Why You Always Have The Same Old Fight: A Couples Therapist Explains

Do you notice that you and your partner always end up having "the same old argument"? It's as if it doesn’t matter at all where the conversation or conflict started ... it just always ends in the familiar sinkhole.

After a while you may understand that the issue isn’t really about the housework, the weekend plans or money. It's something else something you can’t put your finger on. You just know the sinking feeling when you see “the look," hear the sound in their voice or feel your own feeling of sinking inside, that voice telling you, “Here we go again.” This ongoing familiar fight can feel like an endless loop with a dead-end and no way out. But why?

Well, the reason it feels like it's a loop, is because it IS a loop. Without learning how to notice the patterns as they arise, there's no way to stop a vicious cycle in its tracks. That's why I am telling you that there is a way through it. The only place to start is to recognize the barriers each person must overcome, and then developing strategies to manage these barriers productively.

To begin, let's look at what I like to think of as the four common causes of these cyclical, repetitive arguments:

1. History

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Most repeated fights are not really about what they seem to be about. In fact, they tend to happen because something in our past is being triggered by a present experience, even if it's minor. Our partner might do something that evokes memories of feeling bullied, betrayed or falsely accused in the past and we are actually reacting to our history rather than to what is actually happening now.

The first step here is awareness of these triggers. But read on, as I will elaborate on "exit strategies" in the next section below!

2. Core Issues

The vulnerabilities and reactivity we bring to repeated fights may include core values and questions like “Who’s in charge of my life? “ “Am I valued and accepted for who I am” and “how much can I trust you to have my back”?

Again, take stock of what emotional triggers make you feel particularly vulnerable, and experiment with being accountable to those things when you communicate with your partner.

3. "The Other Side Of Attraction"

Characteristics that attracted us to our partners in the beginning may become sources of annoyance later. I call this "the other side of attraction." In other words, we may fall in love with someone because they seem predictable and reliable. When the "love drug" wears off and the honeymoon phase is over, the same behavior may seem rigid and lacking imagination, and we’ll probably argue about that.

4. The Loop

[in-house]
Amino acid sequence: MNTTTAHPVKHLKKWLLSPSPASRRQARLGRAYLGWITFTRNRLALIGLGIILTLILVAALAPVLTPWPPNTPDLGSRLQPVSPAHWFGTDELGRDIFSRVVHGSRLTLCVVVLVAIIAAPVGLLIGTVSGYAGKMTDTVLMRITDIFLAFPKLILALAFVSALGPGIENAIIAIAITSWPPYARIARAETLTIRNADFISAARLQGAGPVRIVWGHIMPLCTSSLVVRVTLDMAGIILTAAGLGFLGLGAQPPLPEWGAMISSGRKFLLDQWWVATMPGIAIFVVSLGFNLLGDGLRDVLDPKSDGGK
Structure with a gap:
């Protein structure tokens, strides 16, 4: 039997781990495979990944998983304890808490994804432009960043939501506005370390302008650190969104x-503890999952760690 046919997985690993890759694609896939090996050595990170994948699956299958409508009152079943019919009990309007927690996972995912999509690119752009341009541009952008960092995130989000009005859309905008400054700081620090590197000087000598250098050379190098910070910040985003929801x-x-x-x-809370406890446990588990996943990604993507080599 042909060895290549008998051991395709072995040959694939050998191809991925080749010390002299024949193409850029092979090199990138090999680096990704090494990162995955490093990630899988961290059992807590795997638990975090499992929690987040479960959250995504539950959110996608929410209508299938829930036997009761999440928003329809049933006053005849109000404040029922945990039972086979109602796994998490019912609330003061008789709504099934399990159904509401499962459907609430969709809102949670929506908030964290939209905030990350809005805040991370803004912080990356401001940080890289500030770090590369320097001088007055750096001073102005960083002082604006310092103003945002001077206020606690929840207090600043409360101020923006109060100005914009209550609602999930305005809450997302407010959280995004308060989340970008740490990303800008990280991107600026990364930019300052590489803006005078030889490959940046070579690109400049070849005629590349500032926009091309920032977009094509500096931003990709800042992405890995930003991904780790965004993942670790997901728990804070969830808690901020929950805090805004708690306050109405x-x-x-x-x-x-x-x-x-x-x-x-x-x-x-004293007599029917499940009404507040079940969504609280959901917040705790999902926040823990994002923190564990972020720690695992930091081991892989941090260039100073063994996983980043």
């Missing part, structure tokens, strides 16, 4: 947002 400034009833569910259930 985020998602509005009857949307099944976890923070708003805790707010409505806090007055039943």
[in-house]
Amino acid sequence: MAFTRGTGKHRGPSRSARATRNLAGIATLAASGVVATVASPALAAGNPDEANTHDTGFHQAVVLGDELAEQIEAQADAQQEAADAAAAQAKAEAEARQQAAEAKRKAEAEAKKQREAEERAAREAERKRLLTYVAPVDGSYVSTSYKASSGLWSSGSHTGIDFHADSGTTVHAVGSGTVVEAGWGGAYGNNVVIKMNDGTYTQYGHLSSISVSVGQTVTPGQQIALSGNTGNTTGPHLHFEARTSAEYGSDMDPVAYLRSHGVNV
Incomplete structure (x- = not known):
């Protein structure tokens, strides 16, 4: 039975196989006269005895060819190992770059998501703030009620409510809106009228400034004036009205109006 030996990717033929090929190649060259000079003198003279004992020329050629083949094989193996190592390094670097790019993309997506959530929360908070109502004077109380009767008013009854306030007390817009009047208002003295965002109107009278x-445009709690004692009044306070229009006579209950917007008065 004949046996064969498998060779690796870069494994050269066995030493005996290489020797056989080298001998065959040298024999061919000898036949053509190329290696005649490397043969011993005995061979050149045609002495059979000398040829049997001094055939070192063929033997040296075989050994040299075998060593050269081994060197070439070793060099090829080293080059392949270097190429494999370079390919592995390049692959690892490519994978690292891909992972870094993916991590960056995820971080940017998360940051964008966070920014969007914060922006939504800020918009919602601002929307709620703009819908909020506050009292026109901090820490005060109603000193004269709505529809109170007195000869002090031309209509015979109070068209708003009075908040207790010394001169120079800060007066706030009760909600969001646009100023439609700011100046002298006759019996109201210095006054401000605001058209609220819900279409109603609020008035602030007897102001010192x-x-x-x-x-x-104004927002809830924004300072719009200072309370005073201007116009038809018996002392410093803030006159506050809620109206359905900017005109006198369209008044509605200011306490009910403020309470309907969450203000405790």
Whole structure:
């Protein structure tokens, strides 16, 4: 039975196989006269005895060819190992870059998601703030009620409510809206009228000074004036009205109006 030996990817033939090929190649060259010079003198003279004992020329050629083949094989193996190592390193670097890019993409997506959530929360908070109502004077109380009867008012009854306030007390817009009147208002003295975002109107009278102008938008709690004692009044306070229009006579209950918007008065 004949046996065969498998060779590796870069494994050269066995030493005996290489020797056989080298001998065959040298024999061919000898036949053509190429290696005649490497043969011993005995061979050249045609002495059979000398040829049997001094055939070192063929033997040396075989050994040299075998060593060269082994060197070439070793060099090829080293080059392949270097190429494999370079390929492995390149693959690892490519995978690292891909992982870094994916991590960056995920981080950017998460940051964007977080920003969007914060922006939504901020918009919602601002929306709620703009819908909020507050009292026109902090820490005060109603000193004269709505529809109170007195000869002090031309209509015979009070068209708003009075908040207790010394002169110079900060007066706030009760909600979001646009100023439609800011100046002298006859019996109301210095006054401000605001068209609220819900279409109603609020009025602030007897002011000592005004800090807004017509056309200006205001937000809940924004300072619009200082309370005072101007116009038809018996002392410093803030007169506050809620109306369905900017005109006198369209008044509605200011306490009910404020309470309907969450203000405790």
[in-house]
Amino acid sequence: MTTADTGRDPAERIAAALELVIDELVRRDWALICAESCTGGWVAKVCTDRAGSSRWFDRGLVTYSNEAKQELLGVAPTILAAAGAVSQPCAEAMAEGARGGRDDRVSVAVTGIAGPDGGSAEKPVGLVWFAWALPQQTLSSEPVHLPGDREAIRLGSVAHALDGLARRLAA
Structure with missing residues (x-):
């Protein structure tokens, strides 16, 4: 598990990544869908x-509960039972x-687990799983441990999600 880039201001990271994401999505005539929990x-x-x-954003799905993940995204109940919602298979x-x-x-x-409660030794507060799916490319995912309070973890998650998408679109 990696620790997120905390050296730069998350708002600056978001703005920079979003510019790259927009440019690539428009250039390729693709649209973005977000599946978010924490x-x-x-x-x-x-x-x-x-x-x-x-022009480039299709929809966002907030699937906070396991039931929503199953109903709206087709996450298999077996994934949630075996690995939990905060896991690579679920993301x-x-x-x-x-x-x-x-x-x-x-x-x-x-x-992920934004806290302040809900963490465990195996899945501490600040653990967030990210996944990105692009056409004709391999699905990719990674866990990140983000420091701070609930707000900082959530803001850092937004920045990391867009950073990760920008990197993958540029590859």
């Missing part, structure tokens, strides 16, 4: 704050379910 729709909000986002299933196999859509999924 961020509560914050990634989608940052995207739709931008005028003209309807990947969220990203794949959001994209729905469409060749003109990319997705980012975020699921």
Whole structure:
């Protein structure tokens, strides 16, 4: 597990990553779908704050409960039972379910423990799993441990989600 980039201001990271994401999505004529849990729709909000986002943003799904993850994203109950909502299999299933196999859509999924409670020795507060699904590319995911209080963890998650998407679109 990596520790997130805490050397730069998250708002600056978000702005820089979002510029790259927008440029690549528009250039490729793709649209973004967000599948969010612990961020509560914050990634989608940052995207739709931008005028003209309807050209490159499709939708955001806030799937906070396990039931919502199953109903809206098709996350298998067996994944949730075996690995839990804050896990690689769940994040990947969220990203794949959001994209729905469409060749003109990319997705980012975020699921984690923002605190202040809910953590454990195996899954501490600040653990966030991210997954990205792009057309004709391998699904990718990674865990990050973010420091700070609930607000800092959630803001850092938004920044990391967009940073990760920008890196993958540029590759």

Repetitive fights breed further iterations of the same argument, period. One person's idiosyncrasies create vulnerable patterns in another person's behavior, which may, in turn, aggravate first person further. And so on ... this is the definition of a vicious cycle.

But let's take this one a little further.

For most women, the number one concern is disconnection, while for men it is feeling unjustly criticized or being seen as incompetent. So let's take a heterosexual couple, Jake and Meg. Say Jake makes weekend plans to go hiking with his friends and Meg feels abandoned. This can trigger a “fight” response from her in the form of anger or sarcasm. Jake sees this as criticism, triggering a “flight” instinct, so he withdraws which intensifies Meg’s fears of disconnection. The loop builds up steam, and continues.

So, now that we've looked at some of the main causes for these repetitive fights, let's consider some strategies to change the dynamic.

1. Build your "exit strategy" toolkit.

No matter how hard you try you cannot change your partners behavior, only your own. Find an exit strategy to the loop. This begins by recognizing when you are in it, and soothing yourself out of your normal reaction. Mantras, breathing slowly, images of your dog, garden or favorite hike can all act as agents to stop your own inner loop of reactivity. Often if one person can break out of it, the other will also become more centered and it can stop.

2. Look inward.

In the middle of the “same old-same old”, we are looking out and see our partner. Their uninviting body language, their mean looking mouth, their unfriendly eyes. The challenge here is to look within, ask yourself, “Would I want to take a selfie of my facial expression RIGHT NOW and post it on social media?” I have taught myself to think of one of the things I appreciate the most about my partner in the middle of the hardest loops, and more and more often it backs me off of my defensive strategy. It doesn’t eliminate the problem but it often helps reframe the fight to be more productive.

3. Let go of your need to be right.

When you KNOW you are right and your partner is wrong, you know you are in trouble! (Of course there are certain things that ARE wrong, lying, hitting, breaking commitments. But most often we are feeling self-righteous about our point of view rather than an actual transgression.) It may feel justified, but it will usually fuel even greater conflict and distance.

4. Agree not to discuss the problem until the storm has passed.

When we are in the middle of the trouble we are bombarded by neurochemicals that are while arguing, most of us are “flooded” — bombarded by neurochemicals that make it hard for us to relate constructively. We are reacting, not responding.

Taking time out, going for a walk, agreeing to come back to it within 24 hours may help you each become calm and reasonable enough to find a resolution. And of course, if there’s an ongoing issue (and no, not just a habitual, unproductive communication dynamic), you may sometimes feel like you can’t make progress. In those cases, consider seeking the help of a skilled counselor or coach.

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